Friday, November 9, 2007

Window on My World

Friday morning.

Mama Java’s, where the décor is Seattle chic cum Goodwill, overlooks a strip mall parking lot. Across the street is Domino’s, Circle K, and Payday Loans. Big Brown just cruised by. The mall is called Gaslight Square. I kid you not.

Here I am in architectural middle America, ugly with palm trees. It’s Phoenix on Indian School Road, and there’s really no excuse. This part of Indian School is just I-surrender ugly.

Mama Java’s at least makes an effort, I give it that. Its butter yellow stucco walls are interrupted behind the counter by four flat black faux pillars, tall thin boxes, really, topped with flat black flared rectangles. In front of the cranberry-colored bar, a mix of blonde café furniture sits on the dirty-gold stained, cracked concrete floor. The bistro chairs are don't-give-a-damn uncomfortable with black vinyl cushions.

A drab plaid Ikea sofa along one wall sits beneath an unframed acrylic painting thematically reminiscent of Orozco but not anywhere near so iconic. Two middle-aged men with wrenches, bent over, wrestling a pipe valve shut. A ghostly naked woman looms over and behind them, arm raised, fleeing. On either side are streams of something --oil?--outside the formal painting proper but part of it, a variant triptych. If it’s oil, I hope they shut it off soon, and I hope the lady can come back. The colors echo everything in this room. Which came first, I wonder.

A black wrought-iron candelabrum sits on a square black laminate coffee table in front of the sofa. Somebody has jabbed five tall, bright red tapers in it. Three lean, tentative. One is snapped, half-mast. It looks like it’s giving us the finger in mute, insouciant grunge.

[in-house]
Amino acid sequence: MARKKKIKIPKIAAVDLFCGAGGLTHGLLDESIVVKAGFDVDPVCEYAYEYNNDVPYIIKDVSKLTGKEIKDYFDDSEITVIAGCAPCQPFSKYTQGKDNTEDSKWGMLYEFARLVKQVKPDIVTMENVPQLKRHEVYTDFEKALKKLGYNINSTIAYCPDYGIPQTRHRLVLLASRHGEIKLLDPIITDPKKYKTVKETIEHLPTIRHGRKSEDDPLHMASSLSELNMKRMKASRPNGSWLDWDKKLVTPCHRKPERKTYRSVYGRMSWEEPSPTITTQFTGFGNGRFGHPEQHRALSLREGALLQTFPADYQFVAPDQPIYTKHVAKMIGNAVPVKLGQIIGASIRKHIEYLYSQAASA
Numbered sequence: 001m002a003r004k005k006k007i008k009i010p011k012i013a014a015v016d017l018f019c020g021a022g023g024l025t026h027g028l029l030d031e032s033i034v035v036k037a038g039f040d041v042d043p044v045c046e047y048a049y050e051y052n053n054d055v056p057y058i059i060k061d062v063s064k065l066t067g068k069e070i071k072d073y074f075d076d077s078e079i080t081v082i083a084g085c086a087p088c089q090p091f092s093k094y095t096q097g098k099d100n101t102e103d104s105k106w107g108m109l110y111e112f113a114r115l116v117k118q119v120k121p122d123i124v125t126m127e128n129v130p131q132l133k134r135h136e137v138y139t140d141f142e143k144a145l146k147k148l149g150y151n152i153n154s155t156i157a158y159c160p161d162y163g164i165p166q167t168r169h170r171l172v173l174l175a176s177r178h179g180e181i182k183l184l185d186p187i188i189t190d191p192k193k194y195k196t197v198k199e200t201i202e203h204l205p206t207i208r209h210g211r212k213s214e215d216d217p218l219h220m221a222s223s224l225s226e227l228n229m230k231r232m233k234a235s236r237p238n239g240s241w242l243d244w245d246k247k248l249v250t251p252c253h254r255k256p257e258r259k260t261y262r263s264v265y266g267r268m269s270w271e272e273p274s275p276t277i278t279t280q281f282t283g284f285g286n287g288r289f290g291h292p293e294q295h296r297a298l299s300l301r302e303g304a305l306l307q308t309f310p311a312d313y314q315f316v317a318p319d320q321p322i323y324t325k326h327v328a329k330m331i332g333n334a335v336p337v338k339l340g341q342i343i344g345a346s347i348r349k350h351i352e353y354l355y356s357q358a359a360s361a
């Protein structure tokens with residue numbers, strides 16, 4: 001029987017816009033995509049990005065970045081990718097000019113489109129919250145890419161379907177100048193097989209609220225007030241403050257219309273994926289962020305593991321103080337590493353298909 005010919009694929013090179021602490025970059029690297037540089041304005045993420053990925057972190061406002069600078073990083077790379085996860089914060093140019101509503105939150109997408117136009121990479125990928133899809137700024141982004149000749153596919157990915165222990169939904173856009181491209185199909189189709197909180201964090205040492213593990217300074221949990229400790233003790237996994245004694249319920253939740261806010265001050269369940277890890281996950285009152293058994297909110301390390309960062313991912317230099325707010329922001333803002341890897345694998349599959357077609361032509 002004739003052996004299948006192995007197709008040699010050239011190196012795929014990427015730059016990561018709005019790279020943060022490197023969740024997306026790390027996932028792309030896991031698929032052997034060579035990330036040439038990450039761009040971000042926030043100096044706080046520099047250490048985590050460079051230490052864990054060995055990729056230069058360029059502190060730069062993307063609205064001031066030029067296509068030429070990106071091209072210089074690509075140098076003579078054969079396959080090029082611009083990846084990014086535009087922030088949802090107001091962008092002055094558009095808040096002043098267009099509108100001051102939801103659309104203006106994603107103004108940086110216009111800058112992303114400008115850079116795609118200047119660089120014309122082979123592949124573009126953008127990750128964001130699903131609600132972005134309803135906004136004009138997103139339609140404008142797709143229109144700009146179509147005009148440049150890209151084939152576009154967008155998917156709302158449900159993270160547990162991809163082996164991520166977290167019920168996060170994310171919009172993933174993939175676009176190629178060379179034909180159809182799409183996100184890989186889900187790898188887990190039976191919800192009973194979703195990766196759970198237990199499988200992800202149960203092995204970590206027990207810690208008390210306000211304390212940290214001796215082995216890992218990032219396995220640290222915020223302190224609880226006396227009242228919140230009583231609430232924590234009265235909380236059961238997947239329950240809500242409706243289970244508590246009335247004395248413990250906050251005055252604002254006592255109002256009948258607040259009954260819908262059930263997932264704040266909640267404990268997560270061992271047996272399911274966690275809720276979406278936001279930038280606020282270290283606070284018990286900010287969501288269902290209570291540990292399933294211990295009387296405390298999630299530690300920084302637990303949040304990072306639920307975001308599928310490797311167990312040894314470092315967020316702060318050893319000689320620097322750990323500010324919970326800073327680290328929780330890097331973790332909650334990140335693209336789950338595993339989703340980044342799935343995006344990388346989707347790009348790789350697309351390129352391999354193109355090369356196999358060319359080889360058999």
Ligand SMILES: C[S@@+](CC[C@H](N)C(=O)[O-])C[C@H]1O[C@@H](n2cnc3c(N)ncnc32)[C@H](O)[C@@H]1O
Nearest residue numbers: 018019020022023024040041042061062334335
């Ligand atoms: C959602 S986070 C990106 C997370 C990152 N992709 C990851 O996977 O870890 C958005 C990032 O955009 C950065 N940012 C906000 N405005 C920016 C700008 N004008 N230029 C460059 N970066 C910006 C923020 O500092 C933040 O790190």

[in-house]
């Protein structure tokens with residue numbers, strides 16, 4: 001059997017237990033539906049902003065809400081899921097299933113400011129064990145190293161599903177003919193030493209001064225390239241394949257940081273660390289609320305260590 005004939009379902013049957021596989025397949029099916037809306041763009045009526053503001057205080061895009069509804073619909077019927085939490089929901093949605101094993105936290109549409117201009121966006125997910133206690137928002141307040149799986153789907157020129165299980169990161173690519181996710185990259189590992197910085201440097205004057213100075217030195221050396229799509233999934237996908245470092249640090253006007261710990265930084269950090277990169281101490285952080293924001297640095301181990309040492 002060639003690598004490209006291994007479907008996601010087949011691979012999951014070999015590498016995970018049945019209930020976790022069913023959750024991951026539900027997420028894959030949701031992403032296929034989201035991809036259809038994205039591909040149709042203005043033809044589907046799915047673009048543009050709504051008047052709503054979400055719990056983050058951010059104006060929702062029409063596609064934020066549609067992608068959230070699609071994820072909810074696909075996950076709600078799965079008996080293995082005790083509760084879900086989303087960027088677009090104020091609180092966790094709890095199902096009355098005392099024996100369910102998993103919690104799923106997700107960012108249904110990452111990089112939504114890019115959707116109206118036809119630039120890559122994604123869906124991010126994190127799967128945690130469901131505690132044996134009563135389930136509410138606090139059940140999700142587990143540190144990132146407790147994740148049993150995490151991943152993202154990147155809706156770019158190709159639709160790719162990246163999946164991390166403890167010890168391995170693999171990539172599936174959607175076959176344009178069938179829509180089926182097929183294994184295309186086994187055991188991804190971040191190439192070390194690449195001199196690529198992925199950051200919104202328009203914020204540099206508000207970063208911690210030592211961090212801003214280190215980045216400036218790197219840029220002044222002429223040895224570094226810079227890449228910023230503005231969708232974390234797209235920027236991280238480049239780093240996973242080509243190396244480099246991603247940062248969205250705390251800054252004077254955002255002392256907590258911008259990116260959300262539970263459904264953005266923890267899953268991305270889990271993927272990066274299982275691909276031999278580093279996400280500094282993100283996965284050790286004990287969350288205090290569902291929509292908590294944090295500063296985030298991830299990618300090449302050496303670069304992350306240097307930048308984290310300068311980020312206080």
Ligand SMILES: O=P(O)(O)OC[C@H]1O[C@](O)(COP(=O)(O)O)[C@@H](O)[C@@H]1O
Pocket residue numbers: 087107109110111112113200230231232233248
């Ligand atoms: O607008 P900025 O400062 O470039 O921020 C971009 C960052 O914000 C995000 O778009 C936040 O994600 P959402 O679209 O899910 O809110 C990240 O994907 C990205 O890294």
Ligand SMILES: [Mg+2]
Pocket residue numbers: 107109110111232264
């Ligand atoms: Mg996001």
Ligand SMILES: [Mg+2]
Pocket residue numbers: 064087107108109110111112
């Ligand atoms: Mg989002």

Along one wall, skinny black shelves of leftover books, everybody’s orphans, keep company with three tiers of large coffee bean bins and an étagère holding tiny frames for sale. One bright red, modernish microsuede armchair sits on a tubular aluminum frame looking hopeful in a motel hooker kind of way.

I’m the oldest semi-sentient being in the room but for one man with hair grayer than mine. He reads the Republic. I can’t imagine why.

Two other laptops are going, slowly, all of us waiting for the java to hit. It’s a musty, sleepy, looking-for-work, kids-in-school, having-a-biz-meeting, mostly 30-something group of 16 souls, enough to keep the business going, I guess. After all, it’s nearly 10 am. In comes a short, stocky brunette with a black porkpie hat crammed down on her head, large burgundy eyeglasses, a paisley scarf and a long skirt. A walking mushroom from the 80s with a tall, thin gay man in lively conversation. I imagine that she's really funny when you get to know her.

I think it’s the Travelling Wilburys on the CD. Mama’s working this morning. To me she looks exactly like Guy Pearce in his Priscilla, Queen of the Desert incarnation, only she has medium-length hennaed black hair and nice breasts. She’s wearing a chartreuse chenille top. It’s sleeveless but it has a rolled turtle-neck. (I don’t like chartreuse since having once been forced to walk past a casket in that color. At a funeral home. In Texas. Does it get any worse?)

But she makes a very good latte and I keep coming back.

Someone younger than I am just complimented me on my new Sony Vaio laptop. I am pleased. Accustomed as I am to the invisibility of middle-age womanhood, I feel found and reprieved even if was the laptop that sparked interest. I guess I'll go home now.